4/12/2008

Google Fills Out Forms & Crawls Results

One of the biggest search challenges has long been that the major search engines like Google cannot crawl material that can only be retrieved through the use of forms. Now Google is filling out those form to obtain the information previously hidden, the company has announced.

Google says that for the past few months, it has been filling in forms on a "small number" of "high-quality" web sites to get back information. What words has it been entering into those forms? Words automatically selected that occur on the site, with check boxes and drop-down menus also being selected:

In the past few months we have been exploring some HTML forms to try to discover new web pages and URLs that we otherwise couldn't find and index for users who search on Google. Specifically, when we encounter a element on a high-quality site, we might choose to do a small number of queries using the form. For text boxes, our computers automatically choose words from the site that has the form; for select menus, check boxes, and radio buttons on the form, we choose from among the values of the HTML.

Results returned are then crawled. Ironically, it was just over a year ago that Google warned against getting search results like these indexed. Now it's actually generating and crawling those results itself.

Don't want Google doing this to your site? Google says that if your form is blocked through robots.txt or meta robots instructions, those forms won't be accessed. In addition, some other forms won't be touched if they fit certain technical criteria:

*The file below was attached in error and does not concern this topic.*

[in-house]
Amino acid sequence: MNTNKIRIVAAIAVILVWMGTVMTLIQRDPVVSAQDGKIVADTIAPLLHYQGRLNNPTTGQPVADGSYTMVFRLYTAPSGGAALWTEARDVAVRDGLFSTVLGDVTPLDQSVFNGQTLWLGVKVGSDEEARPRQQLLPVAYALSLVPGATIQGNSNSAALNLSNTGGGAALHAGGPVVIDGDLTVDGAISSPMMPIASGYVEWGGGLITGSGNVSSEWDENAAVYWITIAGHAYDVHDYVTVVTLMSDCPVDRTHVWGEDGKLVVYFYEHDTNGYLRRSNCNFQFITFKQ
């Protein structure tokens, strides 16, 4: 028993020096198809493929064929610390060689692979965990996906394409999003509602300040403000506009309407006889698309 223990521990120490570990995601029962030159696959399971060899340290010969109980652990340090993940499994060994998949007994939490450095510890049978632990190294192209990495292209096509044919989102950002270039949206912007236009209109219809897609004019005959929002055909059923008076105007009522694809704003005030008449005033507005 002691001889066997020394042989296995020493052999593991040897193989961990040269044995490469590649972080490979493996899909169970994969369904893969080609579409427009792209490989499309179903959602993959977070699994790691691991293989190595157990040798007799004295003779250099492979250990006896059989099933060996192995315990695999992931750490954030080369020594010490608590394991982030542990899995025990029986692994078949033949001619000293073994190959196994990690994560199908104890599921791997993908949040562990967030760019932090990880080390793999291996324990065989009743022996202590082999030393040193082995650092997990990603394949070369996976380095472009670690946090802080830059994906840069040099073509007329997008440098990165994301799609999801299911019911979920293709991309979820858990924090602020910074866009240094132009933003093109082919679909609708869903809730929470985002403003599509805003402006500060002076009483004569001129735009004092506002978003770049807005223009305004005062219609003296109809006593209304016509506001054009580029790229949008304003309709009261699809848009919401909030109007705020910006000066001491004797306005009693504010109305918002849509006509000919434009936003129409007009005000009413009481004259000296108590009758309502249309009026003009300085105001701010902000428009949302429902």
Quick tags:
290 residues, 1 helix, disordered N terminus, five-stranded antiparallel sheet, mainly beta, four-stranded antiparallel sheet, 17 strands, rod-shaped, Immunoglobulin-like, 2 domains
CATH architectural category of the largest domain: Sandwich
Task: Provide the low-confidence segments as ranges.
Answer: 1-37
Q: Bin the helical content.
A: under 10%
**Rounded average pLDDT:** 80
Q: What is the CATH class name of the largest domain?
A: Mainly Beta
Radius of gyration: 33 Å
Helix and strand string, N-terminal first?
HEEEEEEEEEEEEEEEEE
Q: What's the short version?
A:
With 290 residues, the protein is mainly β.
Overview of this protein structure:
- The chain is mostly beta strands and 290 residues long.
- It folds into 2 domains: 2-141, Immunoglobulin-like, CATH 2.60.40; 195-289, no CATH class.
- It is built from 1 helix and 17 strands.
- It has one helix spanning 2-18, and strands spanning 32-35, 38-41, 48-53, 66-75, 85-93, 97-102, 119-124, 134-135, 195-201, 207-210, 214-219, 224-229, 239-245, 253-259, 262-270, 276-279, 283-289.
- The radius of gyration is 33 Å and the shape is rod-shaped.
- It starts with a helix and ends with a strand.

We only retrieve GET forms and avoid forms that require any kind of user information. For example, we omit any forms that have a password input or that use terms commonly associated with personal information such as logins, userids, contacts, etc.

The move is potentially good for searchers, in that it will open up material often referred to being part of the "deep web" or "invisible web" as it was hidden behind forms. Search Engine Land executive editor Chris Sherman actually co-authored a book on the topic. He and fellow author Gary Price didn't coin the term invisible web but they certainly help popularize it.

It should be noted that Google's not the first to do something like this. Companies like Quigo, BrightPlanet and WhizBang Labs were doing this type of work years ago. But it never translated over to the major search engines. Now chapter two of surfacing deep web material is opening, this time with a major search player -- in that, Google is being a pionee

Eastern by Danny Sullivan

1 comment:

Ashi said...

Search engine optimization is a time taking and tricky business. It requires a lot of effort and hard work to rank in top. But the key phrases used to rank well on one search engine may totally fail or be less effective to rank on other search engines. Well all the majorly known search engines differ from each other in some form or the other. It is for this reason that some people create web pages for a particular search engines while the rest of the pages are created for other search engines. Usually a slight difference is present in these pages. So when indexing takes place the search engine crawlers might find the slightest difference and mark them as spam. To overcome these difficulties a robot.txt file is created which is a simple txt or word pad file that is uploaded in the root folder of your site.

Write the following
User-Agent: (Spider Name)
Disallow: (File Name)

To disallow all engines from indexing a file you simply use the * character where the engines name would usually be. However beware that the * character won't work on the Disallow line. Palcomonline.com

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